Building Rhyolite

View of Rhyolite, Nevada showing the Overbury Building, 1920s
The buildings of Rhyolite
(Utah State University, Merrill-Cazier Library, Special Collections & Archives, P0126, 1-06.)

“Citizens of Rhyolite viewed it as the hope of Nevada, a metropolitan with a good school and all the conveniences of polite society.”[1] Local boosters went to a handful of men at the old Bonanza townsite, a mile down the gulch, and induced the bunch to move up en masse. Men on foot, burros, mule teams, freights, light rigs, saddle outfits, automobiles, and houses on wheels all came down the line from Tonopah and Goldfield raising a “string of dust a 100 miles long.”[2] 

“The town was built in a hurry, but not as quickly as might be judged by descriptions on paper, patience, planning and waiting, long tiresome overland hauling and huge capital expenditures were put into its building.”[3]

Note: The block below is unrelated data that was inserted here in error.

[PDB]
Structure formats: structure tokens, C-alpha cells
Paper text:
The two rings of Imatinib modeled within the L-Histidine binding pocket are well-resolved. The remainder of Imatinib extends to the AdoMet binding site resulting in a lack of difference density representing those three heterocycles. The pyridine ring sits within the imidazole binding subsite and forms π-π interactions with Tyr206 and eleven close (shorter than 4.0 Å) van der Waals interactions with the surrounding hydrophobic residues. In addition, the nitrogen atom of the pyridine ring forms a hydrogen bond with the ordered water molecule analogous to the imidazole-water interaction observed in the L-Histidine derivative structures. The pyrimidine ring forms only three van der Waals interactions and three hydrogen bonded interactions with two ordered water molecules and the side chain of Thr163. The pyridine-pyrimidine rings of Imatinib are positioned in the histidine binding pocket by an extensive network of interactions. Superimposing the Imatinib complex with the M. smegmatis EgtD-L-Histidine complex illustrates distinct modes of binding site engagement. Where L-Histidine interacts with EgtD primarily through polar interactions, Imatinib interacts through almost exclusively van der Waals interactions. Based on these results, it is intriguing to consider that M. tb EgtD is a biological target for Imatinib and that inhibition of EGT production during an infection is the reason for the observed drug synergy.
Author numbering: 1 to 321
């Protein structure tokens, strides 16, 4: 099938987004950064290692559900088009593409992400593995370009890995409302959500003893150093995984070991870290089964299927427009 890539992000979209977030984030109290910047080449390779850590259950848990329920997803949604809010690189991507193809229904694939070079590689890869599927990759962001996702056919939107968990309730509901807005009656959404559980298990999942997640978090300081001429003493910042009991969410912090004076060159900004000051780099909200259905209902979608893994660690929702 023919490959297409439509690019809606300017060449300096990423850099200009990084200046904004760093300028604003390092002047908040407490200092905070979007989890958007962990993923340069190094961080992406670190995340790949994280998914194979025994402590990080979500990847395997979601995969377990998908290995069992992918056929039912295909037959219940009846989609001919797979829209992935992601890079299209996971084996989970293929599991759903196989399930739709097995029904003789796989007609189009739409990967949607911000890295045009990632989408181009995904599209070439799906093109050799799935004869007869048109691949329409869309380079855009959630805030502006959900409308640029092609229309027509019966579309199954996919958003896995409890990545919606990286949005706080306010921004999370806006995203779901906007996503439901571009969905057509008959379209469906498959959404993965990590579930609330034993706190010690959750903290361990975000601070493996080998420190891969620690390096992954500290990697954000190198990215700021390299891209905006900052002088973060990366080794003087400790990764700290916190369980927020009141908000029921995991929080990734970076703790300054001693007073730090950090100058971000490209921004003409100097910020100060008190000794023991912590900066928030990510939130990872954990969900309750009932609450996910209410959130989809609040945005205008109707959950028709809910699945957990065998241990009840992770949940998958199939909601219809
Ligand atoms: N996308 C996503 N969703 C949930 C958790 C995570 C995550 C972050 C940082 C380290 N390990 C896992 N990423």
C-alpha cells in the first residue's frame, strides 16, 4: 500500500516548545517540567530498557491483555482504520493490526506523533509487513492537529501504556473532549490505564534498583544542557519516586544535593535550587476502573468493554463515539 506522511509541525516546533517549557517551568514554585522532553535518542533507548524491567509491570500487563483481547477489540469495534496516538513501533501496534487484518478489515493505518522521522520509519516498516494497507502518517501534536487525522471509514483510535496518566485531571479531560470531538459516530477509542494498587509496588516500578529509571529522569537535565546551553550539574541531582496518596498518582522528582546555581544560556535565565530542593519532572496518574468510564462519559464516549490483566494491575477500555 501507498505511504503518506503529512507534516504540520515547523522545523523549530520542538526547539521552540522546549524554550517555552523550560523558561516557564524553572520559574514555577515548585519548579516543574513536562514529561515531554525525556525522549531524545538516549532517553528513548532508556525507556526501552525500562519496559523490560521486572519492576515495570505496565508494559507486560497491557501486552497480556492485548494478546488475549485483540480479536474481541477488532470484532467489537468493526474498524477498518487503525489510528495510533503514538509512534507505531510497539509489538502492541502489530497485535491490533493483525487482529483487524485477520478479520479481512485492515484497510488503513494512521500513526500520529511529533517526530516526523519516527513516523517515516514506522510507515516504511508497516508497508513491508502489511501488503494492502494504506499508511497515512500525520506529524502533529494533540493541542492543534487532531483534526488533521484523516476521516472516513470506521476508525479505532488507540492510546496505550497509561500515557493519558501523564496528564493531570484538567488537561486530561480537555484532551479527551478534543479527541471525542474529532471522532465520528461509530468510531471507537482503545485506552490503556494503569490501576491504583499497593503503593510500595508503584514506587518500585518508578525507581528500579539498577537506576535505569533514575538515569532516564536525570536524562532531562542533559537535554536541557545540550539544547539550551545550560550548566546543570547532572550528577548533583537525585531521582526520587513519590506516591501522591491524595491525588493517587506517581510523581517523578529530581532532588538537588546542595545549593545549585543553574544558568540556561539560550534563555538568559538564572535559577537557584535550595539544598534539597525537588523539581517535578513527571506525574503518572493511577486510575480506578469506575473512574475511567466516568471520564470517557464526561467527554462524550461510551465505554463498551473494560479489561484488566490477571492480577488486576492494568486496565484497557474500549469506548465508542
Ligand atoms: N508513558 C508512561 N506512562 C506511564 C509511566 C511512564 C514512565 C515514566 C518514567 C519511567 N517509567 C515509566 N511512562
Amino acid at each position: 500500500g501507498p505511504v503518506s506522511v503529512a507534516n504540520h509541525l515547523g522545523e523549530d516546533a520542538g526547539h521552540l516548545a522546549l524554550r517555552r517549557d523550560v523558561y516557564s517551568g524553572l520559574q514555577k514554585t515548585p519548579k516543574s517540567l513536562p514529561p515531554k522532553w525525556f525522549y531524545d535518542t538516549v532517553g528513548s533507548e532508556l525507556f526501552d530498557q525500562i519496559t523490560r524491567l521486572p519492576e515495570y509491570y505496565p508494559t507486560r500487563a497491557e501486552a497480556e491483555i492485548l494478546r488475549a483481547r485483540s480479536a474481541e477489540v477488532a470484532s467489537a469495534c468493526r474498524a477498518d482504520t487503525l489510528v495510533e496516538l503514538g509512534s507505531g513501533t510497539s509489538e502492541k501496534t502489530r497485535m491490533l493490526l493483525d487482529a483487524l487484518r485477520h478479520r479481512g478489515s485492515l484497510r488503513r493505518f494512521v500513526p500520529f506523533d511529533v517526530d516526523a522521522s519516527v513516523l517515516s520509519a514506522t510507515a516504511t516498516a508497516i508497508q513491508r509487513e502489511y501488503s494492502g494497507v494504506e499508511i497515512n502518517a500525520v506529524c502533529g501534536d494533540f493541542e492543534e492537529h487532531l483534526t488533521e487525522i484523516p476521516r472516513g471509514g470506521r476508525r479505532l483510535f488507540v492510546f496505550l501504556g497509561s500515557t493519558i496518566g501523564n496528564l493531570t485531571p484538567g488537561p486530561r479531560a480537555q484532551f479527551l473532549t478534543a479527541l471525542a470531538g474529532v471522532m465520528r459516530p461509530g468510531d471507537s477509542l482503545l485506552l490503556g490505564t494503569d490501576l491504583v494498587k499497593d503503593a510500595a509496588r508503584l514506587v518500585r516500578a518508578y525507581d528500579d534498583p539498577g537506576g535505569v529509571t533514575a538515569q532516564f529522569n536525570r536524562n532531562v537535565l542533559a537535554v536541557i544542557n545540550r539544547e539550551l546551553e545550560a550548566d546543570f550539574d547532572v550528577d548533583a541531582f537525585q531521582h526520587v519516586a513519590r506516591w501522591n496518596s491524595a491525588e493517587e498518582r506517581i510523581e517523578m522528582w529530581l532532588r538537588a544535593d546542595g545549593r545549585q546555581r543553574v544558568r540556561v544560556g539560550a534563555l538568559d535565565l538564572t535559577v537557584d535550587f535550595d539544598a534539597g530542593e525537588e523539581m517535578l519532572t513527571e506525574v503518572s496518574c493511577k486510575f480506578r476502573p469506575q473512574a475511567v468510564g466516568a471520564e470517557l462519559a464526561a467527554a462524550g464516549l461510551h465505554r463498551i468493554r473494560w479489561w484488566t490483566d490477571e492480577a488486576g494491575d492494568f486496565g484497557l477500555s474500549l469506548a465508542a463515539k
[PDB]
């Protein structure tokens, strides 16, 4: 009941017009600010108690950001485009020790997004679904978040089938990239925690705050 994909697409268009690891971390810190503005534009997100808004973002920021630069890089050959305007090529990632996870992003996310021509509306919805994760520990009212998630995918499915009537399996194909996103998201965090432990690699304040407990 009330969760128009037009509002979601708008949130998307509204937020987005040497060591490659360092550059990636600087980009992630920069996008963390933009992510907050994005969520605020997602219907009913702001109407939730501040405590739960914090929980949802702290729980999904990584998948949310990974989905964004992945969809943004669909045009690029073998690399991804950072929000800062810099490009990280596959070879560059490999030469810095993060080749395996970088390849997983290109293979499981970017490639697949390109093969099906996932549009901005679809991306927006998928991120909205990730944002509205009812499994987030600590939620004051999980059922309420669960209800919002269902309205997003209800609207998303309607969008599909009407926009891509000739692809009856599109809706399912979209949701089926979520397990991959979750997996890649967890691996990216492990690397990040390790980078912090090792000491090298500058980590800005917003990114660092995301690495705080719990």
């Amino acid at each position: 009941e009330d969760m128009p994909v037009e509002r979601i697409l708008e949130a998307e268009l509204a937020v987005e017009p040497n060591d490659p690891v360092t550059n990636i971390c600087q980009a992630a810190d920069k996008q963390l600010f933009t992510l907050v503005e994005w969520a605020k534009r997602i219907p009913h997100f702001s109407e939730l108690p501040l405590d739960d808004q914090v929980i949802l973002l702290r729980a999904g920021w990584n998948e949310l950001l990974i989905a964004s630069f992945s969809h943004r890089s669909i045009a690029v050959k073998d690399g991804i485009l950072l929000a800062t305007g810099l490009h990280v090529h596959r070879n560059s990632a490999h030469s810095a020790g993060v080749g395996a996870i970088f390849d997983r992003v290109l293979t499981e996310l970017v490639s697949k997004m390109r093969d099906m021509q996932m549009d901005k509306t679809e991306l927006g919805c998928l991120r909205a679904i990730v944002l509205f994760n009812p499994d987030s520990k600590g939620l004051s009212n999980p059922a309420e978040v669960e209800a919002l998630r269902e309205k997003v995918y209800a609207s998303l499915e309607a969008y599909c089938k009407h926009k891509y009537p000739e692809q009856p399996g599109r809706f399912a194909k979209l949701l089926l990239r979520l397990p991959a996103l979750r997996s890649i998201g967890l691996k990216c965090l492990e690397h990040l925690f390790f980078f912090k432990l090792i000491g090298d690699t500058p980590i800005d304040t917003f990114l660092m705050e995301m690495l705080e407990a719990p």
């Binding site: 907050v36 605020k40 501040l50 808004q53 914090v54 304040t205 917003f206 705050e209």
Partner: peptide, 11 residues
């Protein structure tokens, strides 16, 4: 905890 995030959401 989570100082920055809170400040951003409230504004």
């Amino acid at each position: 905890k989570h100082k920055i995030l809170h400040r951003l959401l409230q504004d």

“Its civic services were financed by licensed prostitution.”[4]

“Rhyolite was the important camp. Surface ores were richer than the surface ores at Goldfield.”

“If there were no mines, there could be no city. There was nothing else to support it.”

“High prices for materials, labor, rentals and necessities of life were forgotten in the urgent demand for everything purchasable. Money was easy. It came easily and thus it went, until one day the people awakened to the fact that the climax of the boom had been reached. The inevitable happened.”[5]

“In 1909 talk of lessening of production and of ore viens [sic] petering out were circulated via grapevine system and wise or faint hearted folks began leaving just 4 years after Rhyolite began.”[6]

Before the Depression and in spite of the petering out process, Rhyolite’s record of shipments of ore would seem to justify the opinions of Bob Montgomery, W. M. Stewart, and Charles Schwab, who invested heavily to express the belief that Rhyolite would be permanent.[7]

[1] Betsy Ritter, Life in the Ghost City of Rhyolite, Nevada (Terra Bella, CA: Sagebrush Press, 1939), 5.
[2] Harold and Lucile Weight, Rhyolite: Death Valley’s Ghost City of Golden Dreams (29 Palms, CA: Calico Press, 1953), 15.
[3] Ritter, Life in the Ghost City, 5.
[4] Richard E. Lingenfelter, Death Valley & the Amargosa: A Land of Illusion (Berkeley: University of California Press, 1986), 219.
[5] Weight, Rhyolite: Death Valley’s Ghost City,  6–7, 16.
[6] Ritter, Life in the Ghost City, 11.
[7] Ritter, Life in the Ghost City, 7.